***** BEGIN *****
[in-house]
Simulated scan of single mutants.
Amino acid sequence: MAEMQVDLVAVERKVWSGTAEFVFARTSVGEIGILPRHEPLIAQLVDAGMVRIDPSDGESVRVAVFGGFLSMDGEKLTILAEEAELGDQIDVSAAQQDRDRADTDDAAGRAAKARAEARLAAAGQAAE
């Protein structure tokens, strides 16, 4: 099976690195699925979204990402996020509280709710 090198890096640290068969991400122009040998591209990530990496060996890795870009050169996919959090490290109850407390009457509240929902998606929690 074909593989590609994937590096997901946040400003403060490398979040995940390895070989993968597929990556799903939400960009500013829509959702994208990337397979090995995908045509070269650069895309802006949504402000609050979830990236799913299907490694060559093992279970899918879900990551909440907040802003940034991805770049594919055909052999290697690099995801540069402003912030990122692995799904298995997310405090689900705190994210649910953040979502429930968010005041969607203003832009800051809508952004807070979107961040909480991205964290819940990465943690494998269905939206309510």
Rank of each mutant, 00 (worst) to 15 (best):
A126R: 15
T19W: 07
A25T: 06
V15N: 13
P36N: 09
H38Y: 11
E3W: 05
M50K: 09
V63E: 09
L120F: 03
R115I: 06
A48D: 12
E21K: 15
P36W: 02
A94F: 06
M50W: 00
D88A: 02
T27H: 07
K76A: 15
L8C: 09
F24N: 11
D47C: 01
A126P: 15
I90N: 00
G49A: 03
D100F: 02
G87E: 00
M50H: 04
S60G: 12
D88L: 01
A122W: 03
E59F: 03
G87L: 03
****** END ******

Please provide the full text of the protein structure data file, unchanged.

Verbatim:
[in-house]
Simulated scan of single mutants.
Amino acid sequence: MAEMQVDLVAVERKVWSGTAEFVFARTSVGEIGILPRHEPLIAQLVDAGMVRIDPSDGESVRVAVFGGFLSMDGEKLTILAEEAELGDQIDVSAAQQDRDRADTDDAAGRAAKARAEARLAAAGQAAE
């Protein structure tokens, strides 16, 4: 099976690195699925979204990402996020509280709710 090198890096640290068969991400122009040998591209990530990496060996890795870009050169996919959090490290109850407390009457509240929902998606929690 074909593989590609994937590096997901946040400003403060490398979040995940390895070989993968597929990556799903939400960009500013829509959702994208990337397979090995995908045509070269650069895309802006949504402000609050979830990236799913299907490694060559093992279970899918879900990551909440907040802003940034991805770049594919055909052999290697690099995801540069402003912030990122692995799904298995997310405090689900705190994210649910953040979502429930968010005041969607203003832009800051809508952004807070979107961040909480991205964290819940990465943690494998269905939206309510």
Rank of each mutant, 00 (worst) to 15 (best):
A126R: 15
T19W: 07
A25T: 06
V15N: 13
P36N: 09
H38Y: 11
E3W: 05
M50K: 09
V63E: 09
L120F: 03
R115I: 06
A48D: 12
E21K: 15
P36W: 02
A94F: 06
M50W: 00
D88A: 02
T27H: 07
K76A: 15
L8C: 09
F24N: 11
D47C: 01
A126P: 15
I90N: 00
G49A: 03
D100F: 02
G87E: 00
M50H: 04
S60G: 12
D88L: 01
A122W: 03
E59F: 03
G87L: 03